When Grandpa Was A Boy, Were There Any Dinosaurs?

Tag archive: 1912

Solar Power

1912: At Maadi, south of Cairo, the American inventor and engineer Frank Shuman began work on the world’s first solar-powered steam engine. Rows of trough-shaped mirrors heated water to provide steam to power the engine, which pumped water from the Nile to irrigate nearby fields.

Source: Richard Cohen, Chasing the Sun: The Epic Story of the Star that Gives Us Life (2010), pp. 392–3

Making Mischief

1912: Eight-year-old Cecil Day-Lewis entered Wilkinson’s prep school in central London. The future poet laureate got to know Nicholas Llewelyn Davies, one of J.M. Barrie’s adopted boys. When Llewelyn Davies took his friend to the playwright’s house in Campden Hill Square, the two youngsters went up to the attic and fired an air gun at pedestrians in the square.

Source: C. Day Lewis, The Buried Day (1960), pp. 72–4

Menace Of Measles

1960: Before the discovery of a vaccine, most children in the United States had to endure a bout of measles; it was part of growing up. Many suffered nothing worse than three or four days in bed with a rash, a temperature and a cough, but complications and fatalities could and did occur.

Between 1912 and 1916 measles-related deaths averaged 5,300 a year – 26 deaths for every 1,000 reported cases. By the late 1950s the mortality rate had declined to less than one death for every 1,000 cases, but with an average of 542,000 cases of measles annually between 1956 and 1960, this still amounted to a significant number of deaths: 530 in 1956, 389 in 1957, 552 in 1958, 385 in 1959 and 380 in 1960.

Source: The Journal of Infectious Diseases, 1 May 2004

Standstill

1912: The Stockholm Olympics saw two epic struggles in Greco-Roman wrestling. In the light heavyweight final, officials declared a draw after Anders Ahlgren of Sweden and Ivar Böling of Finland had tussled for nine hours. In the semi-final of the middleweight division, Martin Klein of Russia triumphed over Alfred Asikainen of Finland after 11 hours, but was too weary to contest the final.

Source: David Wallechinsky, The Complete Book of the Olympics (2004), pp. 673, 686

Showing Promise

1912: Writing home on 3 March, 8-year-old Eric Blair regaled his mother with a breathless account of his exploits on the school football field: “I was goalkeeper all the second halh, and they only got past the half-line twise while I was in goal but both of those times it nearly a goal and I had to be jolly quick to pick them up and kick them, because most of the chaps the other side were in aufel rats and they were runing at me like angry dogs”. (Not quite Orwell, not yet, but it was a promising start.)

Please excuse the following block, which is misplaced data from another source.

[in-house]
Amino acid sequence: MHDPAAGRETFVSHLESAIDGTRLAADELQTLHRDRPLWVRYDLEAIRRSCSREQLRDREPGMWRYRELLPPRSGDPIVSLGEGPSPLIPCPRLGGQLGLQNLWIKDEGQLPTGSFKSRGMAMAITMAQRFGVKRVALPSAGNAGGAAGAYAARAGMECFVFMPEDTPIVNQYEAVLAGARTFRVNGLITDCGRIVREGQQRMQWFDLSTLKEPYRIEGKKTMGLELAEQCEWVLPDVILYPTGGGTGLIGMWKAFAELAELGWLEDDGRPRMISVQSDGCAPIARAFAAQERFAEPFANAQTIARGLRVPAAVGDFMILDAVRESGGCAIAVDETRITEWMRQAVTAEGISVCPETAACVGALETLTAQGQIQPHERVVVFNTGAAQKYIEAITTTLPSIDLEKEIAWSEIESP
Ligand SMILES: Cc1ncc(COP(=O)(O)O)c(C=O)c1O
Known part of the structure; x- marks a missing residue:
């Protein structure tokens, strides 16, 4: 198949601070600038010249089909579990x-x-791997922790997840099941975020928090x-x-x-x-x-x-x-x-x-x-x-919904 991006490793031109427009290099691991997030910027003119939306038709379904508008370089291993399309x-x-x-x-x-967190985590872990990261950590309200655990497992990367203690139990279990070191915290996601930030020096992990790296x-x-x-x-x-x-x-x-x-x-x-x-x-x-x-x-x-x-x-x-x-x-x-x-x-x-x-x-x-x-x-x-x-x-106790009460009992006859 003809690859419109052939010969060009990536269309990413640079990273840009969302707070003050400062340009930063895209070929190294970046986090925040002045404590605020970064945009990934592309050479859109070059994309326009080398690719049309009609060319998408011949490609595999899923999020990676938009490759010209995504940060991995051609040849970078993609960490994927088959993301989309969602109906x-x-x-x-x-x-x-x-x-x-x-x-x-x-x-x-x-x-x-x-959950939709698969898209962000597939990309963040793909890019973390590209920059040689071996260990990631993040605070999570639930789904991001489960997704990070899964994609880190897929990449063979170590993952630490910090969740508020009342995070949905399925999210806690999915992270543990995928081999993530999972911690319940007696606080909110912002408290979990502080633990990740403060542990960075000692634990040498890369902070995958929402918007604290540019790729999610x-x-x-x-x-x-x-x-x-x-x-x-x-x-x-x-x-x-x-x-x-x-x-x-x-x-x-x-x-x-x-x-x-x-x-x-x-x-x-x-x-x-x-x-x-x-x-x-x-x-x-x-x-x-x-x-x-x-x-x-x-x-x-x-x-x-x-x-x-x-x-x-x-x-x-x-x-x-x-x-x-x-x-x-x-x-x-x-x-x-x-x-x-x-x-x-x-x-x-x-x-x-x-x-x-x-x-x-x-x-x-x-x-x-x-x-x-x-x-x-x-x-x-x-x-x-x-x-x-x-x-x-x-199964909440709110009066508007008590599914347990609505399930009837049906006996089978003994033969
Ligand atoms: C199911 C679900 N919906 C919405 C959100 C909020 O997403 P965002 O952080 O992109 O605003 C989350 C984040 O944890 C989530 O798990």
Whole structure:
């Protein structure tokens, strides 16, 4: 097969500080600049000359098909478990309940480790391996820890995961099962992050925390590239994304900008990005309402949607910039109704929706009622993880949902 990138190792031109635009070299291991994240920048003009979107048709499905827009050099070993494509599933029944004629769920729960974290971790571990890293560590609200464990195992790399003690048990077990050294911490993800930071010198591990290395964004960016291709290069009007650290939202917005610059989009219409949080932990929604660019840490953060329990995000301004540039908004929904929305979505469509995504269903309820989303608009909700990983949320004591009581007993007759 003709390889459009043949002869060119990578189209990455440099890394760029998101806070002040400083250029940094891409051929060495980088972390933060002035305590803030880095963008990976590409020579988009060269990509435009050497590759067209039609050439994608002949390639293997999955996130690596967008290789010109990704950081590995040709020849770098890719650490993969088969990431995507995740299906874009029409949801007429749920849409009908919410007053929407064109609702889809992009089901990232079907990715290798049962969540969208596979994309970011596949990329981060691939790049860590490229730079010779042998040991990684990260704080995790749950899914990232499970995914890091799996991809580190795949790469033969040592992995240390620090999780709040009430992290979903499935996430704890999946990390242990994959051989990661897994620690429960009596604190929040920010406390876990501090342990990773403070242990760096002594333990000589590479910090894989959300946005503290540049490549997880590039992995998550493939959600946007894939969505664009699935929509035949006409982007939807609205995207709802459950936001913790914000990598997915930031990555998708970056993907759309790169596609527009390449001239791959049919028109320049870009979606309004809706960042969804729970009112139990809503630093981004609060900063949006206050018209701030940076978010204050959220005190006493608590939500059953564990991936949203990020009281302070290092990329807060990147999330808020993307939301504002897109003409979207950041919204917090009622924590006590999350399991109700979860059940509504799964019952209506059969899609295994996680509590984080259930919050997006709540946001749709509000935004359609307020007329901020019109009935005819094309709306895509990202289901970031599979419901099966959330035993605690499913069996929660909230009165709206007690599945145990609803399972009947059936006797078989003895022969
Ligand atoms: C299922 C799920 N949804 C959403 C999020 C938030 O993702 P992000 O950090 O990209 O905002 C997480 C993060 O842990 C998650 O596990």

Source: George Orwell, The Complete Works of George Orwell, X: A Kind of Compulsion 1903–1936, ed. Peter Davison (1998), pp. 13–14

Boating Mishap

1912: George Lyttelton was dining with the headmaster of Eton when the provost’s wife came in with news that the Titanic had sunk. “Quivering slightly with age and dottiness”, she announced: “I am sorry to hear there has been a bad boating accident.”

Source: George Lyttelton and Rupert Hart-Davis, The Lyttelton Hart-Davis Letters: Correspondence of George Lyttelton and Rupert Hart-Davis, 1955–57, ed. Rupert Hart-Davis (1985), vols. 1 and 2, pp. 38–9

“Getting Weaker . . . And The End Cannot Be Far”

Captain Robert Falcon Scott, photographed by Herbert Ponting in 1911

Captain Robert Falcon Scott, photographed by Herbert Ponting in 1911

1912: Trapped in their tent by an Antarctic blizzard, Captain Robert Scott and his two surviving companions, Edward “Uncle Bill” Wilson and Henry “Birdie” Bowers, huddled in their sleeping bags. Although they were only 18 kilometres from a depot of food and fuel, they couldn’t set out until the snow eased, but the snow was unrelenting.

As the men’s strength ebbed, their chances of survival dimmed, and then vanished. On 29 March, Scott managed a few lines in his journal: “We shall stick it out to the end, but we are getting weaker, of course, and the end cannot be far.”

Eight months later, a search party found their tent. Inside were the frozen bodies of the three men. Scott’s journals lay beneath his arm. When the searchers tried to raise the arm, it snapped with a noise “like a pistol shot”.

Source: Robert Falcon Scott, Scott’s Last Journey, ed. Peter King (1999), pp. 7, 176